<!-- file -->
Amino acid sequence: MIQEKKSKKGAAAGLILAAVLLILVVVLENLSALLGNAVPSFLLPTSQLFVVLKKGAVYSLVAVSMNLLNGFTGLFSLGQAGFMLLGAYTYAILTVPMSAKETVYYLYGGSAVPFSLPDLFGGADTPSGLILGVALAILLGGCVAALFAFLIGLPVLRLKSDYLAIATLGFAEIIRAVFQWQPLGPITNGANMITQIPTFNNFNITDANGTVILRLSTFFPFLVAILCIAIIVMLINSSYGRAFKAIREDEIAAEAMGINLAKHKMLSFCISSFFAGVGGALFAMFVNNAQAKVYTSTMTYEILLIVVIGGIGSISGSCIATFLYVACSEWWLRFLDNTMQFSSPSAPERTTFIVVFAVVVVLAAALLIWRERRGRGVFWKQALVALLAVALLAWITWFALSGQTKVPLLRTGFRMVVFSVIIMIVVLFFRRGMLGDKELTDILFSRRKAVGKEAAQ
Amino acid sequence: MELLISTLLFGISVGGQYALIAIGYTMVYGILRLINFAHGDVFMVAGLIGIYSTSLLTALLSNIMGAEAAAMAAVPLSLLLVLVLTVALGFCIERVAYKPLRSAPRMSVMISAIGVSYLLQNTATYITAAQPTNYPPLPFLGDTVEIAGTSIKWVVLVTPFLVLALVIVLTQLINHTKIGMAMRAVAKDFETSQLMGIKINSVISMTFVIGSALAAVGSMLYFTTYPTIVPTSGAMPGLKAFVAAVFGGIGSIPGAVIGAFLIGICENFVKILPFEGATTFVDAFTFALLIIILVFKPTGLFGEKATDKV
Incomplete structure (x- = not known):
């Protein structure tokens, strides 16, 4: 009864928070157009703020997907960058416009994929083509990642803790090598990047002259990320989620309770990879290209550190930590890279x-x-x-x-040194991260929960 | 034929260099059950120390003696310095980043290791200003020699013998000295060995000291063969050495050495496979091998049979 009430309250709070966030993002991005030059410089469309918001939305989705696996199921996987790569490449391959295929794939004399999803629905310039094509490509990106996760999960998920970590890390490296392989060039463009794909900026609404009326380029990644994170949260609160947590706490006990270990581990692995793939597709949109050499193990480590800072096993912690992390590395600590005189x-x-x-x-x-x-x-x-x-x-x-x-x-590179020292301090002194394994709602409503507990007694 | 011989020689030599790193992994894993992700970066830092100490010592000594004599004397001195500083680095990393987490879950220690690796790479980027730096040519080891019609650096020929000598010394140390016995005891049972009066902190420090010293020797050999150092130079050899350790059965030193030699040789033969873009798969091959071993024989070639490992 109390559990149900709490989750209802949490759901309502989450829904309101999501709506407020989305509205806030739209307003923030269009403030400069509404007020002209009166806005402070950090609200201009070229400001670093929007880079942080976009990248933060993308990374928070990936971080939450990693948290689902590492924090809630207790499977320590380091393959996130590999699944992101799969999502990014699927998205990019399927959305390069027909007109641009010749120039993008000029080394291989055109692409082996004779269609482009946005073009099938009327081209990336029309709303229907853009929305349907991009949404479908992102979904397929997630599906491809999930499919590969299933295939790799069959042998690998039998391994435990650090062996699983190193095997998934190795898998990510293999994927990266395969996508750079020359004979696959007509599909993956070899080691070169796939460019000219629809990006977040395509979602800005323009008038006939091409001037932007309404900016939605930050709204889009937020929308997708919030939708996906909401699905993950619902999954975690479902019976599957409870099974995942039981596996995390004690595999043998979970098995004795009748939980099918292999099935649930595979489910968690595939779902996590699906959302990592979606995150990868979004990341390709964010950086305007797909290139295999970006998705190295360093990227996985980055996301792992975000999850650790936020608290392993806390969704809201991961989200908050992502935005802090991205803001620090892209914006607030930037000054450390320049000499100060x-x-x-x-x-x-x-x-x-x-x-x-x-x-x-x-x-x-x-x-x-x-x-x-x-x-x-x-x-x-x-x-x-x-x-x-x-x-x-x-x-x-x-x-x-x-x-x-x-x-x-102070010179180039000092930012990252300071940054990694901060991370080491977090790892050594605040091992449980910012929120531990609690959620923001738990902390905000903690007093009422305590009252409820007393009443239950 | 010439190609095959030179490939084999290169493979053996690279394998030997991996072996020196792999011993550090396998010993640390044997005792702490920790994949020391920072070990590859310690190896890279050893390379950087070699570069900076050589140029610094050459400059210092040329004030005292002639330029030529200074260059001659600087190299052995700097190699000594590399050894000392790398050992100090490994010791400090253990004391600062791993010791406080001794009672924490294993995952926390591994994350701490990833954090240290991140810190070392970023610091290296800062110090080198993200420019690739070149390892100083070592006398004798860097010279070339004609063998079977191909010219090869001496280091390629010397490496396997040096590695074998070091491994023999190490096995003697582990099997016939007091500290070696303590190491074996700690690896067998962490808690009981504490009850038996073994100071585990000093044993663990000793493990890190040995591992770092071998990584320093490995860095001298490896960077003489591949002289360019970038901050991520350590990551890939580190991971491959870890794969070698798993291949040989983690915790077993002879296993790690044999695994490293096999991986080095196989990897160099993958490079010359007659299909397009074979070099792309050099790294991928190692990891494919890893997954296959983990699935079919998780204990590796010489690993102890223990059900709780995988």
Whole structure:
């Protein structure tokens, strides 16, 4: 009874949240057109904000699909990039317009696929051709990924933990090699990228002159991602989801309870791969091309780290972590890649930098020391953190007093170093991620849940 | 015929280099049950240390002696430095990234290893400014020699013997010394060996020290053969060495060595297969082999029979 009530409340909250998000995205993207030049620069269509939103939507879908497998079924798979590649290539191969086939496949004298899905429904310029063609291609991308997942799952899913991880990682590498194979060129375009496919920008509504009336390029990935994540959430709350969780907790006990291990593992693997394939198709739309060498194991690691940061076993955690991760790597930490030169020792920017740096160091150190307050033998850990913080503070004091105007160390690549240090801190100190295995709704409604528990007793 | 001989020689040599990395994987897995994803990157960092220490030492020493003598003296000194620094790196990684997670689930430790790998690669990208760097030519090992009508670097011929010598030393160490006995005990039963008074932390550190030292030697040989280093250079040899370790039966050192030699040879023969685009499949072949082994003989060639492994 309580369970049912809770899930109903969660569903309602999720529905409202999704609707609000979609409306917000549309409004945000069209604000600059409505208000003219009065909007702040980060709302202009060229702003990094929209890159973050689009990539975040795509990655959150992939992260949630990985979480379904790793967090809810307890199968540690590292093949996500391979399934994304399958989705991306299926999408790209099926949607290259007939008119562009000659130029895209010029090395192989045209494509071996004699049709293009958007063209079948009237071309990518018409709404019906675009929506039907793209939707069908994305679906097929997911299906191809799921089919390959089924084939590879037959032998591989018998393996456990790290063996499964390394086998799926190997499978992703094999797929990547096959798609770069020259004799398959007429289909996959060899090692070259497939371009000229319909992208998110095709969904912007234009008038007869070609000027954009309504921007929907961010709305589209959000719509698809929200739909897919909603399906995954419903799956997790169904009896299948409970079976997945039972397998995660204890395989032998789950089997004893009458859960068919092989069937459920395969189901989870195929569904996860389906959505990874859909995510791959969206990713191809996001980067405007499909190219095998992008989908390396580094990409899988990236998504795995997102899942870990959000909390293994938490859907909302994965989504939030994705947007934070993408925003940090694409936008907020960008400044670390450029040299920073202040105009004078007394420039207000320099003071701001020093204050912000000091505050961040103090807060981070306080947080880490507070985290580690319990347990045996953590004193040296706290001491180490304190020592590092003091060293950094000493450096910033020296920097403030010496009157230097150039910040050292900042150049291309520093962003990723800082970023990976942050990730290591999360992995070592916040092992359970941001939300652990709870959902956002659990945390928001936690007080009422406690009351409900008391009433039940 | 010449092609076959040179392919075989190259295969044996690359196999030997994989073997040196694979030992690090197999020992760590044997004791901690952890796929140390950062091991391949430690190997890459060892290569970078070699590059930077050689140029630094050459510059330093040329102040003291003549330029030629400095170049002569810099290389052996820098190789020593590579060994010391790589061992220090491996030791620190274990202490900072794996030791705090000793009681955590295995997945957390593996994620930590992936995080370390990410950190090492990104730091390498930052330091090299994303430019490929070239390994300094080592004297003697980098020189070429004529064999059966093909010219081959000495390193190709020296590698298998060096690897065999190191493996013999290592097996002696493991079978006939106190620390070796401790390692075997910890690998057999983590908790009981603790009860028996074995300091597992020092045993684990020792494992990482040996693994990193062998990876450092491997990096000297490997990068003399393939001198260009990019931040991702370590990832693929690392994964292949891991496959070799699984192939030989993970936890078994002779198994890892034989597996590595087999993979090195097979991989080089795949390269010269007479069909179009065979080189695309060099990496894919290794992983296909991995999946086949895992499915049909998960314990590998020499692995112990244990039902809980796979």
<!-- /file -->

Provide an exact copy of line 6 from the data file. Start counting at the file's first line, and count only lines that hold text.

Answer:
């Protein structure tokens, strides 16, 4: 009874949240057109904000699909990039317009696929051709990924933990090699990228002159991602989801309870791969091309780290972590890649930098020391953190007093170093991620849940 | 015929280099049950240390002696430095990234290893400014020699013997010394060996020290053969060495060595297969082999029979 009530409340909250998000995205993207030049620069269509939103939507879908497998079924798979590649290539191969086939496949004298899905429904310029063609291609991308997942799952899913991880990682590498194979060129375009496919920008509504009336390029990935994540959430709350969780907790006990291990593992693997394939198709739309060498194991690691940061076993955690991760790597930490030169020792920017740096160091150190307050033998850990913080503070004091105007160390690549240090801190100190295995709704409604528990007793 | 001989020689040599990395994987897995994803990157960092220490030492020493003598003296000194620094790196990684997670689930430790790998690669990208760097030519090992009508670097011929010598030393160490006995005990039963008074932390550190030292030697040989280093250079040899370790039966050192030699040879023969685009499949072949082994003989060639492994 309580369970049912809770899930109903969660569903309602999720529905409202999704609707609000979609409306917000549309409004945000069209604000600059409505208000003219009065909007702040980060709302202009060229702003990094929209890159973050689009990539975040795509990655959150992939992260949630990985979480379904790793967090809810307890199968540690590292093949996500391979399934994304399958989705991306299926999408790209099926949607290259007939008119562009000659130029895209010029090395192989045209494509071996004699049709293009958007063209079948009237071309990518018409709404019906675009929506039907793209939707069908994305679906097929997911299906191809799921089919390959089924084939590879037959032998591989018998393996456990790290063996499964390394086998799926190997499978992703094999797929990547096959798609770069020259004799398959007429289909996959060899090692070259497939371009000229319909992208998110095709969904912007234009008038007869070609000027954009309504921007929907961010709305589209959000719509698809929200739909897919909603399906995954419903799956997790169904009896299948409970079976997945039972397998995660204890395989032998789950089997004893009458859960068919092989069937459920395969189901989870195929569904996860389906959505990874859909995510791959969206990713191809996001980067405007499909190219095998992008989908390396580094990409899988990236998504795995997102899942870990959000909390293994938490859907909302994965989504939030994705947007934070993408925003940090694409936008907020960008400044670390450029040299920073202040105009004078007394420039207000320099003071701001020093204050912000000091505050961040103090807060981070306080947080880490507070985290580690319990347990045996953590004193040296706290001491180490304190020592590092003091060293950094000493450096910033020296920097403030010496009157230097150039910040050292900042150049291309520093962003990723800082970023990976942050990730290591999360992995070592916040092992359970941001939300652990709870959902956002659990945390928001936690007080009422406690009351409900008391009433039940 | 010449092609076959040179392919075989190259295969044996690359196999030997994989073997040196694979030992690090197999020992760590044997004791901690952890796929140390950062091991391949430690190997890459060892290569970078070699590059930077050689140029630094050459510059330093040329102040003291003549330029030629400095170049002569810099290389052996820098190789020593590579060994010391790589061992220090491996030791620190274990202490900072794996030791705090000793009681955590295995997945957390593996994620930590992936995080370390990410950190090492990104730091390498930052330091090299994303430019490929070239390994300094080592004297003697980098020189070429004529064999059966093909010219081959000495390193190709020296590698298998060096690897065999190191493996013999290592097996002696493991079978006939106190620390070796401790390692075997910890690998057999983590908790009981603790009860028996074995300091597992020092045993684990020792494992990482040996693994990193062998990876450092491997990096000297490997990068003399393939001198260009990019931040991702370590990832693929690392994964292949891991496959070799699984192939030989993970936890078994002779198994890892034989597996590595087999993979090195097979991989080089795949390269010269007479069909179009065979080189695309060099990496894919290794992983296909991995999946086949895992499915049909998960314990590998020499692995112990244990039902809980796979």